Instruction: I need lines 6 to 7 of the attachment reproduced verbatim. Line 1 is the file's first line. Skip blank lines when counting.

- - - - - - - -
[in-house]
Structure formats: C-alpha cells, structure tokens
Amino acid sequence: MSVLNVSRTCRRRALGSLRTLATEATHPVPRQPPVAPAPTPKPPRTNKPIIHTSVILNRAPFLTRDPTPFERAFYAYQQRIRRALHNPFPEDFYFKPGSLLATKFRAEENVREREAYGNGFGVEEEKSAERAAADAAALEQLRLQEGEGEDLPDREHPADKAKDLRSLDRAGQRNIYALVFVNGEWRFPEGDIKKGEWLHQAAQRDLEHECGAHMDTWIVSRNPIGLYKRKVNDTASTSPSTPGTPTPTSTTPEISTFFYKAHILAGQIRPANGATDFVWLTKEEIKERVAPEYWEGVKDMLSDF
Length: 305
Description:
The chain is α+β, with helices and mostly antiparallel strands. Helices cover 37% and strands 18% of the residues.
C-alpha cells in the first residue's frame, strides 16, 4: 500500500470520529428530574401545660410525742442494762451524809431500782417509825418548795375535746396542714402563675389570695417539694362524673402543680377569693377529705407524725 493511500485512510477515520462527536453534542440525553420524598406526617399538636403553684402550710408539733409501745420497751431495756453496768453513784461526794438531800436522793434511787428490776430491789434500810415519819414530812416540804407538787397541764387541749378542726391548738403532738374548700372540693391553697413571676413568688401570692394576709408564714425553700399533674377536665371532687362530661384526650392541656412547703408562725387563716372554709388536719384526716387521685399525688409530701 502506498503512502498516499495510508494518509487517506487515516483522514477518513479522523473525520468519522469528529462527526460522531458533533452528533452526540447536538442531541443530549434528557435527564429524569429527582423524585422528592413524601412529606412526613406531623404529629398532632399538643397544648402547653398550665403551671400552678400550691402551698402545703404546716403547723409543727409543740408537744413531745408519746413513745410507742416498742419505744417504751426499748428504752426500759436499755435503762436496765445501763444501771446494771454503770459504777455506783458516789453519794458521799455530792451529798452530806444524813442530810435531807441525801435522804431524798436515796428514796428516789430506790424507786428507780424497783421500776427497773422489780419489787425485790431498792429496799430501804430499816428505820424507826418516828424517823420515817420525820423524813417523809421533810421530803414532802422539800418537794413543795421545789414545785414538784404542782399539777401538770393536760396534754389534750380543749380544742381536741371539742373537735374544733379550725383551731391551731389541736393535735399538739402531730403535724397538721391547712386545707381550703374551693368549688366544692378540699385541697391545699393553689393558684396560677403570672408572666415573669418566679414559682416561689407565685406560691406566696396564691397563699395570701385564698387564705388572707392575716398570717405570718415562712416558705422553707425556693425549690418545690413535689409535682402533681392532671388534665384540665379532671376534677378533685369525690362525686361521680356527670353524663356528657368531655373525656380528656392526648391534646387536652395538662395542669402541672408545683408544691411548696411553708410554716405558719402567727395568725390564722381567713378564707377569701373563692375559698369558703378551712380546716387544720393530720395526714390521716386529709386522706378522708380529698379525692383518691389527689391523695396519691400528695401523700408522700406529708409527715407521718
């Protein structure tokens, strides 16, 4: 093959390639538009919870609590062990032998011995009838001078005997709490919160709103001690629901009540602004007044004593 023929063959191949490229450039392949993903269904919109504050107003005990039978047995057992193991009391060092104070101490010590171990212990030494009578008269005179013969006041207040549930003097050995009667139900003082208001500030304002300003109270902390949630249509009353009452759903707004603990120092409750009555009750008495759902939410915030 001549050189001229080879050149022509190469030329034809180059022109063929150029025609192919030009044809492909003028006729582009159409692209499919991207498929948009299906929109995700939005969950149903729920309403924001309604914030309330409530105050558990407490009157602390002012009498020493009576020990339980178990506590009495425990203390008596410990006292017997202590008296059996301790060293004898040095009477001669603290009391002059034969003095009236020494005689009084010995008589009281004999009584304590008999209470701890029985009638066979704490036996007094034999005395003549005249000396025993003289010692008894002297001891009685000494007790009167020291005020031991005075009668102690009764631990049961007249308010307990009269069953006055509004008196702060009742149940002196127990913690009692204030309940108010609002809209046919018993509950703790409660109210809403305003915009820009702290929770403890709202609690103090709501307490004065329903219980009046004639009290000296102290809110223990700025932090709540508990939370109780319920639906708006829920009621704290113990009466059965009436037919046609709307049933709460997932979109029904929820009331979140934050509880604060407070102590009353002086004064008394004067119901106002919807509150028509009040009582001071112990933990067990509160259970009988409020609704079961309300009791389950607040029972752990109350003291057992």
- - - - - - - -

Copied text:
The chain is α+β, with helices and mostly antiparallel strands. Helices cover 37% and strands 18% of the residues.
C-alpha cells in the first residue's frame, strides 16, 4: 500500500470520529428530574401545660410525742442494762451524809431500782417509825418548795375535746396542714402563675389570695417539694362524673402543680377569693377529705407524725 493511500485512510477515520462527536453534542440525553420524598406526617399538636403553684402550710408539733409501745420497751431495756453496768453513784461526794438531800436522793434511787428490776430491789434500810415519819414530812416540804407538787397541764387541749378542726391548738403532738374548700372540693391553697413571676413568688401570692394576709408564714425553700399533674377536665371532687362530661384526650392541656412547703408562725387563716372554709388536719384526716387521685399525688409530701 502506498503512502498516499495510508494518509487517506487515516483522514477518513479522523473525520468519522469528529462527526460522531458533533452528533452526540447536538442531541443530549434528557435527564429524569429527582423524585422528592413524601412529606412526613406531623404529629398532632399538643397544648402547653398550665403551671400552678400550691402551698402545703404546716403547723409543727409543740408537744413531745408519746413513745410507742416498742419505744417504751426499748428504752426500759436499755435503762436496765445501763444501771446494771454503770459504777455506783458516789453519794458521799455530792451529798452530806444524813442530810435531807441525801435522804431524798436515796428514796428516789430506790424507786428507780424497783421500776427497773422489780419489787425485790431498792429496799430501804430499816428505820424507826418516828424517823420515817420525820423524813417523809421533810421530803414532802422539800418537794413543795421545789414545785414538784404542782399539777401538770393536760396534754389534750380543749380544742381536741371539742373537735374544733379550725383551731391551731389541736393535735399538739402531730403535724397538721391547712386545707381550703374551693368549688366544692378540699385541697391545699393553689393558684396560677403570672408572666415573669418566679414559682416561689407565685406560691406566696396564691397563699395570701385564698387564705388572707392575716398570717405570718415562712416558705422553707425556693425549690418545690413535689409535682402533681392532671388534665384540665379532671376534677378533685369525690362525686361521680356527670353524663356528657368531655373525656380528656392526648391534646387536652395538662395542669402541672408545683408544691411548696411553708410554716405558719402567727395568725390564722381567713378564707377569701373563692375559698369558703378551712380546716387544720393530720395526714390521716386529709386522706378522708380529698379525692383518691389527689391523695396519691400528695401523700408522700406529708409527715407521718